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Protective put buying strategy

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Definition of Protective put buying strategy

Protective Put Buying Strategy Image 1

Protective put buying strategy

A strategy that involves buying a put option on the underlying security that is
held in a portfolio. Related: Hedge option strategies



Related Terms:

Active portfolio strategy

A strategy that uses available information and forecasting techniques to seek a
better performance than a portfolio that is simply diversified broadly. Related: passive portfolio strategy


Barbell strategy

A strategy in which the maturities of the securities included in the portfolio are concentrated
at two extremes.


Bullet strategy

A strategy in which a portfolio is constructed so that the maturities of its securities are highly
concentrated at one point on the yield curve.


Buy-and-hold strategy

A passive investment strategy with no active buying and selling of stocks from the
time the portfolio is created until the end of the investment horizon.


Buying the index

Purchasing the stocks in the S&P 500 in the same proportion as the index to achieve the
same return.



Combination strategy

A strategy in which a put and with the same strike price and expiration are either both
bought or both sold. Related: Straddle


compensation strategy

a foundation for the compensation plan that addresses the role compensation should play in the organization


Protective Put Buying Strategy Image 2

computer-aided design (CAD)

a system using computer graphics for product designs


computer-aided manufacturing (CAM)

the use of computers to control production processes through numerically
controlled (NC) machines, robots, and automated assembly systems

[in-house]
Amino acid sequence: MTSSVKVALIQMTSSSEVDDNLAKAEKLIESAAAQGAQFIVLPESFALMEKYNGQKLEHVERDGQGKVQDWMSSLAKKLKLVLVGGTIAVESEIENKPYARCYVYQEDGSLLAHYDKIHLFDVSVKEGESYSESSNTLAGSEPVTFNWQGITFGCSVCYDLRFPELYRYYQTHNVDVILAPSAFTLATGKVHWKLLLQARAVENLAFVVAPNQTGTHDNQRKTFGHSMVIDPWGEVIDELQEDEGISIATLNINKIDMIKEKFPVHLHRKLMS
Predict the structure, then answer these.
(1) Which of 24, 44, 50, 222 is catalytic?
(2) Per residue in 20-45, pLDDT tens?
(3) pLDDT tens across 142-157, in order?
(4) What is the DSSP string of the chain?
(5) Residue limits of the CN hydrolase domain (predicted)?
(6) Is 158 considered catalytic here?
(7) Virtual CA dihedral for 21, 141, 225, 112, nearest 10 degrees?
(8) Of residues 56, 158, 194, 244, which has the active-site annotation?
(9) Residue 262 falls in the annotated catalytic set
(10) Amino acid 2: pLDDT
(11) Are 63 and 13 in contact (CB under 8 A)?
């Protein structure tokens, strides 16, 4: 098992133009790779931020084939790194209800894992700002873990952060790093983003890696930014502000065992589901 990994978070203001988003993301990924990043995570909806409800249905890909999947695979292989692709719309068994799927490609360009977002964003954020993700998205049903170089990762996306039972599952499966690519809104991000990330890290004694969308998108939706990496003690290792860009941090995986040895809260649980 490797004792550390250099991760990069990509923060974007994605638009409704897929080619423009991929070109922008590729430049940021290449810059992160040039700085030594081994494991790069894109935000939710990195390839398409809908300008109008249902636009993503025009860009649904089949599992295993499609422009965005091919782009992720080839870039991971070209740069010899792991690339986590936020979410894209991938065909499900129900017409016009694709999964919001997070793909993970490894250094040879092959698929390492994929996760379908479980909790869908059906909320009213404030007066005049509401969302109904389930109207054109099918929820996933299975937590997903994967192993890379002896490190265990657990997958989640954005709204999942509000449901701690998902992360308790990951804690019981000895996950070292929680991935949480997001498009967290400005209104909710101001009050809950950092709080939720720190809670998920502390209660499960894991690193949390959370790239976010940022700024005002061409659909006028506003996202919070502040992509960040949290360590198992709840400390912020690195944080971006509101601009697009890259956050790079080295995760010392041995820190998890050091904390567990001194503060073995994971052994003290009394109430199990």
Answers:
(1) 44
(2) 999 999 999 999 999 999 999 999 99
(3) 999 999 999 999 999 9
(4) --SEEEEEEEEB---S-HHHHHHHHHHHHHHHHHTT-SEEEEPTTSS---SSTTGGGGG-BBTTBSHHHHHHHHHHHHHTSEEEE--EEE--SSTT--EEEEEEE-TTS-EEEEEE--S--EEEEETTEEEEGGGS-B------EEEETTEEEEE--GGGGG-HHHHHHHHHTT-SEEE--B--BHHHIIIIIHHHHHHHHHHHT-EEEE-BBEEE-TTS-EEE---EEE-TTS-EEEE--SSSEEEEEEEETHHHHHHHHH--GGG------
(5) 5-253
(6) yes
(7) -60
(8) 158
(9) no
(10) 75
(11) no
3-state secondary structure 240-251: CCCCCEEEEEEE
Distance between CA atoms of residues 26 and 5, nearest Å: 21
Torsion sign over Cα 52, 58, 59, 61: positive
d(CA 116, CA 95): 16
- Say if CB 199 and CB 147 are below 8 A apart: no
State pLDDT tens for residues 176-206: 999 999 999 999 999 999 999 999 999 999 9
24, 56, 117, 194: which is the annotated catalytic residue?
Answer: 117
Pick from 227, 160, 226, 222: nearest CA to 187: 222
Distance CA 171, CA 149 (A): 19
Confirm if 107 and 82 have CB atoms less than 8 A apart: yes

computer integrated manufacturing (CIM)

the integration of two or more flexible manufacturing systems through the use of a host computer and an information networking system


confrontation strategy

an organizational strategy in which company management decides to confront, rather than avoid, competition; an organizational strategy in which company management still attempts to differentiate company
products through new features or to develop a price
leadership position by dropping prices, even though management
recognizes that competitors will rapidly bring out
similar products and match price changes; an organizational
strategy in which company management identifies
and exploits current opportunities for competitive advantage
in recognition of the fact that those opportunities will
soon be eliminated


cost leadership strategy

a plan to achieve the position in a
competitive environment of being the low cost producer of
a product or provider of a service; it provides one method
of avoiding competition


Covered call writing strategy

A strategy that involves writing a call option on securities that the investor
owns in his or her portfolio. See covered or hedge option strategies.


Covered Put

A put option position in which the option writer also is short the corresponding stock or has
deposited, in a cash account, cash or cash equivalents equal to the exercise of the option. This limits the
option writer's risk because money or stock is already set aside. In the event that the holder of the put option
decides to exercise the option, the writer's risk is more limited than it would be on an uncovered or naked put
option.


Dedication strategy

Refers to multi-period cash flow matching.


differentiation strategy